PIRANHA Mk I - MFA/Cosmo drills
Most model shops & mail order.
£40 (motor, speed control & batteries) + radio.
Superseded by Mk II
The MFA Piranha 2 is a compact high performance powerboat. 570mm long, with a 230mm beam, the Piranha 2 is designed to take 2-channel radio control. two versions of the kit exist; one for electric power, using MFA's own "Rocket 500" powerpack; and one for I/C power, using a 12 size (2.1cc) 2-stroke engine.
Both versions are tough fibreglass - not the plastic that some other smaller powerboats are made of. Complete kit - requires only engine or motor, plus 2-channel radio.
The boat is about 570 x 230mm in fibreglass. Fibreglass is usually known as GRP which stands for Glass Reinforced Plastic. The top bit (white) is made of styrene, a thin plastic similar to the stuff margarine tubs are made from. The Piranha's hull is a Vee at the front merging to flat at the transom. The boat is designed for the MFA Hummingbird '15 or 20' which are 540-550 sized electric motors, 8 cells (9.6v) and 2 channel radio.
The instruction leaflet seem to assume you already have some boat modelling experience but are good enough to get the beginner and the boat to the water without too much trouble. The included plan is full size so measurements can be transferred directly to the boat, less room for error. The kit includes all the ply for the internal woodwork, a good 4BA steel and brass propshaft, a thin brass rudder, universal coupling and a few other bits & pieces. The coupling in my kit was ridiculously small so I advise you to replace it before you even start building. Buy one of the interchangeable Huco or Ripmax couplings available in most model shops.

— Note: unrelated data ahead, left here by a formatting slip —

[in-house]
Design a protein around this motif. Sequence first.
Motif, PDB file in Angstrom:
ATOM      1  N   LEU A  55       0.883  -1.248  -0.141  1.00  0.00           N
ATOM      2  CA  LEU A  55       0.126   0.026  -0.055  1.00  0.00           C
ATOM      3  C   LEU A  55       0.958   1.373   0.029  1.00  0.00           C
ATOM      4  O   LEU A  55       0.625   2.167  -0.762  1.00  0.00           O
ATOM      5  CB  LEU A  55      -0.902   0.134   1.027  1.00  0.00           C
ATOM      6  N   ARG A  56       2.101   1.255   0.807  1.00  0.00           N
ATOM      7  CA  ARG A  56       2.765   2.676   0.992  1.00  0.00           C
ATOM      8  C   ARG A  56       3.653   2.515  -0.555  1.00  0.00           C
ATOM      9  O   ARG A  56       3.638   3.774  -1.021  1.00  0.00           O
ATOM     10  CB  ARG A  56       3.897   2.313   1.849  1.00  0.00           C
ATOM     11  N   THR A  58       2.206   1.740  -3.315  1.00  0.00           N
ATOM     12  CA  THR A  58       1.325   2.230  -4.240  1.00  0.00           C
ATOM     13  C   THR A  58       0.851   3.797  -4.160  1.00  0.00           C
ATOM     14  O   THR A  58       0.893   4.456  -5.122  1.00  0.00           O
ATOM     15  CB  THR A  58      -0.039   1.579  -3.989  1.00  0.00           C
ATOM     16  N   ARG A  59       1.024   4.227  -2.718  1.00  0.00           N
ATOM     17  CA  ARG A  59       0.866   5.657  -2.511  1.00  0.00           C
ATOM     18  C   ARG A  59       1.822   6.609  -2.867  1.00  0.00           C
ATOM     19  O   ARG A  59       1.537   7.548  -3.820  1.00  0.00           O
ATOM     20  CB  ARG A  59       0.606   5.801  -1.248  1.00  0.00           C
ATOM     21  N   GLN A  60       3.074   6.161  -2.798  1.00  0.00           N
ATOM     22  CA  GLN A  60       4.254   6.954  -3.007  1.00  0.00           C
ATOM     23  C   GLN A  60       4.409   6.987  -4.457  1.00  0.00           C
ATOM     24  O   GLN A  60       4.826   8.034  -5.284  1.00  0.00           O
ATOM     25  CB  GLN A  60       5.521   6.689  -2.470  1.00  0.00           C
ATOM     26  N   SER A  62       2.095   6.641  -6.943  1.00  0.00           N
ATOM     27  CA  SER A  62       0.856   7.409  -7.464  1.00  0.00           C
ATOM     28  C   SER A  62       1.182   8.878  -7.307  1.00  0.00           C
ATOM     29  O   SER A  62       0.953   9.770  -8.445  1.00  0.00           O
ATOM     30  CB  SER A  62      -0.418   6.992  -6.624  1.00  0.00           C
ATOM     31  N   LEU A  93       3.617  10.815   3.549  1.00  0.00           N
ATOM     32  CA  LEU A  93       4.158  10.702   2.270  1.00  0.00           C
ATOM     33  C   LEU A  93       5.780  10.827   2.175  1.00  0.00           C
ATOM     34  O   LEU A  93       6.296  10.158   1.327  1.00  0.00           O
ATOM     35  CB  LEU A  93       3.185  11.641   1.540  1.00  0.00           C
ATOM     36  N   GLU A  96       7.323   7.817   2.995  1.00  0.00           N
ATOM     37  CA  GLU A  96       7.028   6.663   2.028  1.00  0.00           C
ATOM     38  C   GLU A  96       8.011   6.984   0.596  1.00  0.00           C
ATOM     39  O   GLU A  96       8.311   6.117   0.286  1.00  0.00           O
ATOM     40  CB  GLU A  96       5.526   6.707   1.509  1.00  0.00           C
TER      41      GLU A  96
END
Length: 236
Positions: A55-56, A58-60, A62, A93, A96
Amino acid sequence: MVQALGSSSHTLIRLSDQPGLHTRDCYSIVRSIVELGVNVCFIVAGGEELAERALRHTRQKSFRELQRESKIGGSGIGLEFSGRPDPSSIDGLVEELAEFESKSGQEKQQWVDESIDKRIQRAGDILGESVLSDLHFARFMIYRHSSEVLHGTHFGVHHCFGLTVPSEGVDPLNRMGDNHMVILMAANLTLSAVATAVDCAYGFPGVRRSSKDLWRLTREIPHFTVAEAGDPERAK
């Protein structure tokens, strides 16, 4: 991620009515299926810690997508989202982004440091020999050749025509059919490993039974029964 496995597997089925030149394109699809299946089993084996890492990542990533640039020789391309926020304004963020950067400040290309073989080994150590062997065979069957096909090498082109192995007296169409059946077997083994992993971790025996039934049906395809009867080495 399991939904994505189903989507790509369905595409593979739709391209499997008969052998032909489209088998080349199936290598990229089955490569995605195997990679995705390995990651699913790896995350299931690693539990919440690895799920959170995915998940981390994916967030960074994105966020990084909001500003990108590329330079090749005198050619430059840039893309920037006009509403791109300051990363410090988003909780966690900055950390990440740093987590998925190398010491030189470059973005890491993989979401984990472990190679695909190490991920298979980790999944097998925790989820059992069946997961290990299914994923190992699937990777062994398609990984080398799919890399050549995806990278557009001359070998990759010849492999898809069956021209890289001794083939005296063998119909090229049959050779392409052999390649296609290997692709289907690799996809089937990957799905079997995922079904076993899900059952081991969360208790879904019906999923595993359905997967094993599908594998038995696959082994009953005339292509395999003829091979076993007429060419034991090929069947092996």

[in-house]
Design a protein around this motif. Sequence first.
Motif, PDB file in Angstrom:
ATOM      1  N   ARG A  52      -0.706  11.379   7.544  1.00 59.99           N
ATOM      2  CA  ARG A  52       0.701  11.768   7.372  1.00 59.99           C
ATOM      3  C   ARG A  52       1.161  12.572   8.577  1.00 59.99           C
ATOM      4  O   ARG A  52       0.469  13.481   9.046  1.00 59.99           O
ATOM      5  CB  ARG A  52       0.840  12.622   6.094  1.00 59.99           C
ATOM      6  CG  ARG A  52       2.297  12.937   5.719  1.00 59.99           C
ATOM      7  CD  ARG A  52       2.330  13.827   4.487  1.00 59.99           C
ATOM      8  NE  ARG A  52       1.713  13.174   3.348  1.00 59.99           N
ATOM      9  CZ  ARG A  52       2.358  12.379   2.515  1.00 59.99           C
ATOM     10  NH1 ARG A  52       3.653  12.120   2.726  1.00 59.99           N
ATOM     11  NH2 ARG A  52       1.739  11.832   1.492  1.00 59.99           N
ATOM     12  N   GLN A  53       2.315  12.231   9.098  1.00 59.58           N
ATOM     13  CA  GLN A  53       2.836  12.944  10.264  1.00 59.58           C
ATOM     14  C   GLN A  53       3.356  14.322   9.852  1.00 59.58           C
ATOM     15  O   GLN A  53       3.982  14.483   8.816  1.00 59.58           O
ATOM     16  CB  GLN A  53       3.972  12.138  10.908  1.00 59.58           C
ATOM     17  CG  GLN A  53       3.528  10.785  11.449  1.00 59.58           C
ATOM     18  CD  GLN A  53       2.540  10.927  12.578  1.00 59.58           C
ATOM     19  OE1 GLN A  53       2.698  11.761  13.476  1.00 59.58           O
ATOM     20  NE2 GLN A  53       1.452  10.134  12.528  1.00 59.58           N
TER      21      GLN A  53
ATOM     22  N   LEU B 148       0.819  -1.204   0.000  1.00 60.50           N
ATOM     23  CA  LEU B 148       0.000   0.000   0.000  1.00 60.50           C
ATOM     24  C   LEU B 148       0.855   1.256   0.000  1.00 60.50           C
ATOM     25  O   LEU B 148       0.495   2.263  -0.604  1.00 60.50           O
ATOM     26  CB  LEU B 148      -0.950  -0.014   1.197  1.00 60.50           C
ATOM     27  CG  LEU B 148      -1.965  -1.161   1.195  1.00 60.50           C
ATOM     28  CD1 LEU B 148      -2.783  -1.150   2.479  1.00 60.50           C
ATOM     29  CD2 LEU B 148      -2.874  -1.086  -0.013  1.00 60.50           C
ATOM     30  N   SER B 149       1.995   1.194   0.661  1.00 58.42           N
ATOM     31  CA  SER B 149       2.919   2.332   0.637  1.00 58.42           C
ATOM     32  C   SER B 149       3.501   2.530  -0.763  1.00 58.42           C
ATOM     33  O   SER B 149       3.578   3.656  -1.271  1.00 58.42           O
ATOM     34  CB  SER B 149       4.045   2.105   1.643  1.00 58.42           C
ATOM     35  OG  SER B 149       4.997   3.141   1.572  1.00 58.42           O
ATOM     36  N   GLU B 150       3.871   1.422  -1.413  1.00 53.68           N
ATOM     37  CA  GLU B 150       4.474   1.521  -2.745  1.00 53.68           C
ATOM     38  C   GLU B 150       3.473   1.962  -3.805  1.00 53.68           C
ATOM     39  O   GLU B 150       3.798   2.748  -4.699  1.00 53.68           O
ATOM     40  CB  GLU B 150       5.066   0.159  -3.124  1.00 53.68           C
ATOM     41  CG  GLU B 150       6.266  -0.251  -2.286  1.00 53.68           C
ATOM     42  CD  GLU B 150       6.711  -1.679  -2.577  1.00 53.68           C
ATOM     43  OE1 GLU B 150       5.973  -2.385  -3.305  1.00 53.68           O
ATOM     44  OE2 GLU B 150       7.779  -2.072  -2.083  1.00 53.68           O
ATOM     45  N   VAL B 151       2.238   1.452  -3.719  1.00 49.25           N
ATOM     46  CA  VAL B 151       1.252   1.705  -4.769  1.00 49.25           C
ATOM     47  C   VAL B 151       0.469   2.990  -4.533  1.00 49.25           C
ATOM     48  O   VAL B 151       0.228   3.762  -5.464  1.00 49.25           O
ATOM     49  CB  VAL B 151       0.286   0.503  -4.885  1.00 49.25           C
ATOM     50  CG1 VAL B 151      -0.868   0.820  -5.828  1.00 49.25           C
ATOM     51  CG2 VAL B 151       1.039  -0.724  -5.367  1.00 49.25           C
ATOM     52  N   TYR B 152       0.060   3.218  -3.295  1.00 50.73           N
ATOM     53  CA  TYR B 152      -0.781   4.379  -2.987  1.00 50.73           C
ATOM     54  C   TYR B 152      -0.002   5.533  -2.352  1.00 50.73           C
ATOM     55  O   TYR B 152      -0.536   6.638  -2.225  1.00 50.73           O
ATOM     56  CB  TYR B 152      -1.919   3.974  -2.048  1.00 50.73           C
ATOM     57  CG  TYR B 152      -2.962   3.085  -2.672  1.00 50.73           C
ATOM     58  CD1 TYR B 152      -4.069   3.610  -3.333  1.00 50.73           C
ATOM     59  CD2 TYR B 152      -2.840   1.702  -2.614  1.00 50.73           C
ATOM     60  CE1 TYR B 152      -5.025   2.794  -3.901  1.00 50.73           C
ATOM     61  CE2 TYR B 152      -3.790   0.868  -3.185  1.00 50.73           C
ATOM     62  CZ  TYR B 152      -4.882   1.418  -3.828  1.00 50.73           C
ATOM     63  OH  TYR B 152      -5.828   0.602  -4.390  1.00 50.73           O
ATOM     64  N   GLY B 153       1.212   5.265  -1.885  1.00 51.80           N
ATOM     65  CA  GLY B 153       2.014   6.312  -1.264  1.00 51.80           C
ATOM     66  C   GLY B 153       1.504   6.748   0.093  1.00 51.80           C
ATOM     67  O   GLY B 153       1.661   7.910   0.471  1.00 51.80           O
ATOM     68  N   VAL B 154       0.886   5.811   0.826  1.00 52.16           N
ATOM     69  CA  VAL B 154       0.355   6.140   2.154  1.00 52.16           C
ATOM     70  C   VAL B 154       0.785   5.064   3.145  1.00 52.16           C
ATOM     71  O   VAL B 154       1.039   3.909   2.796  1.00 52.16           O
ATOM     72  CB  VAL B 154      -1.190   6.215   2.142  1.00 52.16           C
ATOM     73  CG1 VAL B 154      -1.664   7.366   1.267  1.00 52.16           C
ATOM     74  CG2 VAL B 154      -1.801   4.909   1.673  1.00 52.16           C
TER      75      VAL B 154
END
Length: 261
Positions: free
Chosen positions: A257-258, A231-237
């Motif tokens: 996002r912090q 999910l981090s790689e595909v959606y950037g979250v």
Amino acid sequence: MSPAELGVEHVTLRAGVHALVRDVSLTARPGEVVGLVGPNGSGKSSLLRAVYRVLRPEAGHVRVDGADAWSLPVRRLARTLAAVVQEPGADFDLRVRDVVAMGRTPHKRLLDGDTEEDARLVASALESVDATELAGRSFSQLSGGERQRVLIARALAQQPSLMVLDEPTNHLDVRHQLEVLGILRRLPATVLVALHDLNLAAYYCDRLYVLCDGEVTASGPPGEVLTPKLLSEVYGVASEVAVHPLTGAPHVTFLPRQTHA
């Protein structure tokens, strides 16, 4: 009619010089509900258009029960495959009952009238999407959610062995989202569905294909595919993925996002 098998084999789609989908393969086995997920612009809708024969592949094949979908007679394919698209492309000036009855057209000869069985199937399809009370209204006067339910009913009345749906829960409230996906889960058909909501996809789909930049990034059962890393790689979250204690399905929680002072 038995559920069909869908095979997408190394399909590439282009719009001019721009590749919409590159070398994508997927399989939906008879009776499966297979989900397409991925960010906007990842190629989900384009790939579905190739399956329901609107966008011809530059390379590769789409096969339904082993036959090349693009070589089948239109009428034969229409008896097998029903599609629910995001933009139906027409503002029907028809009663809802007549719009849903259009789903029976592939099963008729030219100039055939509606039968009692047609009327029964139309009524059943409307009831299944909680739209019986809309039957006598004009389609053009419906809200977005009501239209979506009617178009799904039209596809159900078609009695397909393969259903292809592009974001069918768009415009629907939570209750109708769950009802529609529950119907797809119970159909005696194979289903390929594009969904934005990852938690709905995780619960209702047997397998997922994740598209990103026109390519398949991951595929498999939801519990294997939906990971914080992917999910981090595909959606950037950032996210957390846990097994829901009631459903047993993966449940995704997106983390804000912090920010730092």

CUTTING & GLUING
Note from wife - GRP resin which can get really messy, so don't wear your Sunday best while working with it.
Before starting on the boat, test glue some off cuts of GRP so you get a feel of gluing process. If you use less than the recommended proportions of hardener in the resin mix, the resin takes longer to set and gives you more working time. If you put more hardener than recommended it sets faster but progressively produces a more brittle joint. Too little hardener and the resin will not set uniformly, too much and the mix will get hot enough to generate smoke. Be careful but do experiment.
The shiny surface of the GRP is called a GEL coat. It is very brittle so saw GRP using a coping or fret saw and cut it slowly from the shiny side in, file or sand to final size. If you're lazy like me, you could use a modellers drill with a 1.5 or 2mm HSS drill and use it as a sort of high speed milling cutter.
Be careful, don't get too near your marked cutting line because it can cut very quickly - in the wrong direction. Let the drill or saw cut at it's own speed as forcing it will break the drill bit or snap the blade. Wear safety glasses and a dust mask as GRP dust is not good for you! Work in a well ventilated area. My wife's best silk scarf made a good dust mask, (until I got caught) I wore it like an outlaw!
THE ELECTRIC STUFF